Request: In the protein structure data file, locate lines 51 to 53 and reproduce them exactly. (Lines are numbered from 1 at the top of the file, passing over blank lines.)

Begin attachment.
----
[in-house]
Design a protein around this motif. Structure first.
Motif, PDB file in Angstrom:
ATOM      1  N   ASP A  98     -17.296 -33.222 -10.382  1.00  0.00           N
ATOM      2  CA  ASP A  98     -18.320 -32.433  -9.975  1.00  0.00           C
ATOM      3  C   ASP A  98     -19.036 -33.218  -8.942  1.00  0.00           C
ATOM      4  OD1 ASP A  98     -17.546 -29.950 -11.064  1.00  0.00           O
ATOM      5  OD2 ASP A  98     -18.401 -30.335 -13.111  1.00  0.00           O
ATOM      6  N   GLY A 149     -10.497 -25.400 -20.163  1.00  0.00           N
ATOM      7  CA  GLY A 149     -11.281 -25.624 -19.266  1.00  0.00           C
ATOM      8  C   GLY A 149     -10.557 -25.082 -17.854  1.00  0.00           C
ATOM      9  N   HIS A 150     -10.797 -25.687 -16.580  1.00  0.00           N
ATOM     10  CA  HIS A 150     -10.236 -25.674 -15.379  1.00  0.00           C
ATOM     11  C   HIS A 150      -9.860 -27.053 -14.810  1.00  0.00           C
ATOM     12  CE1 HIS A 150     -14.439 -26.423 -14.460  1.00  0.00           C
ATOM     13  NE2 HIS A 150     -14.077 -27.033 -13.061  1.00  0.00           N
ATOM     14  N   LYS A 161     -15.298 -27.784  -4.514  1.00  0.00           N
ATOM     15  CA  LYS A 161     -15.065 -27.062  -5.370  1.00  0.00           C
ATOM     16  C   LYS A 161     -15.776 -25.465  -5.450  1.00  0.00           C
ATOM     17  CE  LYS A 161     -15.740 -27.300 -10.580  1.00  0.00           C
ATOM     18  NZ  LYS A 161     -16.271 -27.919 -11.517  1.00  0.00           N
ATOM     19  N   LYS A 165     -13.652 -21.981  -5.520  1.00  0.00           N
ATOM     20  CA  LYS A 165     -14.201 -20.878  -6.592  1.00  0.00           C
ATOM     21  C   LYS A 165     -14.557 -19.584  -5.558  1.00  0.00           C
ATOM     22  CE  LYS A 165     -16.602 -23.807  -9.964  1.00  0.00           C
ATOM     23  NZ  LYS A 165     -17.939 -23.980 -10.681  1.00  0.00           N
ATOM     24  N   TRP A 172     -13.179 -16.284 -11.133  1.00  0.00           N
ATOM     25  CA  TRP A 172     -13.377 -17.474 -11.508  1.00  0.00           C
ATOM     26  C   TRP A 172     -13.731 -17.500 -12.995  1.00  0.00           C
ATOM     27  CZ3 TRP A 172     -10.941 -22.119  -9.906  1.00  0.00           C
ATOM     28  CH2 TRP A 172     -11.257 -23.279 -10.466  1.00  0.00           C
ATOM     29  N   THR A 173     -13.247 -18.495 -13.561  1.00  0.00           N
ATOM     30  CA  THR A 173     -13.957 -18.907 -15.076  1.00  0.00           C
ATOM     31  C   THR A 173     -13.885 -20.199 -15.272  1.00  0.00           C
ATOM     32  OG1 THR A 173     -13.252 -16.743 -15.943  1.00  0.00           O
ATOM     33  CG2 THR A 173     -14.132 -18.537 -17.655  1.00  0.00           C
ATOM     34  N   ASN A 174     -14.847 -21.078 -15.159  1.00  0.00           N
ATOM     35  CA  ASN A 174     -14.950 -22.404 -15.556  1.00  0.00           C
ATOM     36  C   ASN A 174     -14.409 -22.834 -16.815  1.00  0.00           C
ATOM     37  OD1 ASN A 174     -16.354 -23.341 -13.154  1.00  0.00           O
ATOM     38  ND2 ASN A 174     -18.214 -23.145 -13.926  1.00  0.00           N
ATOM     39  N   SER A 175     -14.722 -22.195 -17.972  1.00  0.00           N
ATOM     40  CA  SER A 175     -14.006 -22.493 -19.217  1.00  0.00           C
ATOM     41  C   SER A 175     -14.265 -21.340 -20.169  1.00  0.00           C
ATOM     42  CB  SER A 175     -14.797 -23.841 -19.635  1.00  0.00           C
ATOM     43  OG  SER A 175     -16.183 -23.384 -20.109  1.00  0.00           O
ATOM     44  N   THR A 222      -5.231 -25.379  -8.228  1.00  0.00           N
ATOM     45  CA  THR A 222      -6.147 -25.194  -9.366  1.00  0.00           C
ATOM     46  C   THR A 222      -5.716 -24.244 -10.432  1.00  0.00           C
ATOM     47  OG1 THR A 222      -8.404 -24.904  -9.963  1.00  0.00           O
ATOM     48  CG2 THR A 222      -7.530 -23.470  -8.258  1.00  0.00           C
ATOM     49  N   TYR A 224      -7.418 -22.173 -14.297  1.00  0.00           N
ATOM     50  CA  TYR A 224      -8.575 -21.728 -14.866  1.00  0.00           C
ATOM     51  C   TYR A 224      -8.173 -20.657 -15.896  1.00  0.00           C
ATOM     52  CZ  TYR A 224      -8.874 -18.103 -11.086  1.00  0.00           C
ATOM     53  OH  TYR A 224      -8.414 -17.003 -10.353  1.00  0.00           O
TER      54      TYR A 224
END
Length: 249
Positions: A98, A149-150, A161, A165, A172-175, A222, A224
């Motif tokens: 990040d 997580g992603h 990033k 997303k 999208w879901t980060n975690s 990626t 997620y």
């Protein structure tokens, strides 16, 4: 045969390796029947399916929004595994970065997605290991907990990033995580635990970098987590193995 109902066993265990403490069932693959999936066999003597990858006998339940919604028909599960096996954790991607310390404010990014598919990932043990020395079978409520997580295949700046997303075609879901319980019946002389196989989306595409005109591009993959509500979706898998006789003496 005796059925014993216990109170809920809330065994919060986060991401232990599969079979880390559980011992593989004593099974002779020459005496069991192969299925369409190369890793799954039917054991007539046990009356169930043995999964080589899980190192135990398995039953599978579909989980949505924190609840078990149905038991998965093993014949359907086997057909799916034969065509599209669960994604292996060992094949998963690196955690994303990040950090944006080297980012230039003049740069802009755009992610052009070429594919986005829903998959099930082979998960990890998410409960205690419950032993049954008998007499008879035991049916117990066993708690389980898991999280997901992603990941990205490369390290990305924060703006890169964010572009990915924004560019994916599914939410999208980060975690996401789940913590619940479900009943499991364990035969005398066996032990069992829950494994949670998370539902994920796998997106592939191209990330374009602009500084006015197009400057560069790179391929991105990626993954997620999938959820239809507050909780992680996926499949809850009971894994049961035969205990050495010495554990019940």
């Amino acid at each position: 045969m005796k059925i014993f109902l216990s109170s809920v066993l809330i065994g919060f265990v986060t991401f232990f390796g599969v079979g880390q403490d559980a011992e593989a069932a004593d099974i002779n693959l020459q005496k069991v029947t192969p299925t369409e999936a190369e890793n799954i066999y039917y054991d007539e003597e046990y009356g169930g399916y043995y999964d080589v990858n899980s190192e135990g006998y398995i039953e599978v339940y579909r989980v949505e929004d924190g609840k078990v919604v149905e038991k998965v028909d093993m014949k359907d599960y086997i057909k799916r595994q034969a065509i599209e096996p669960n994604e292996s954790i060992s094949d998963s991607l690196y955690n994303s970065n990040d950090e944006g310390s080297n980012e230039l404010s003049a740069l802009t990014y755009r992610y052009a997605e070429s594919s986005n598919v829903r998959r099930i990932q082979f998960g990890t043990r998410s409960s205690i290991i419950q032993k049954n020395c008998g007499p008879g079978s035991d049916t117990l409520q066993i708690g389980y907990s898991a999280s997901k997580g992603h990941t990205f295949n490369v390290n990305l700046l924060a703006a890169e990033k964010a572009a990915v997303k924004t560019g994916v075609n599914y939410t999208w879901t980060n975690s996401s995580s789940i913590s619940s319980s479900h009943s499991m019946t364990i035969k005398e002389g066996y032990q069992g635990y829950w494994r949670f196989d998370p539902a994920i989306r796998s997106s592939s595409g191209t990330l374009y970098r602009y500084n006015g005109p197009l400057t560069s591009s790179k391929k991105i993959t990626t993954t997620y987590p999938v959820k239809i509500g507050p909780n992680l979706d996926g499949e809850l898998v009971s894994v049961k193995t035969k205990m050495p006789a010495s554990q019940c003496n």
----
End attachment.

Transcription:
ATOM     48  CG2 THR A 222      -7.530 -23.470  -8.258  1.00  0.00           C
ATOM     49  N   TYR A 224      -7.418 -22.173 -14.297  1.00  0.00           N
ATOM     50  CA  TYR A 224      -8.575 -21.728 -14.866  1.00  0.00           C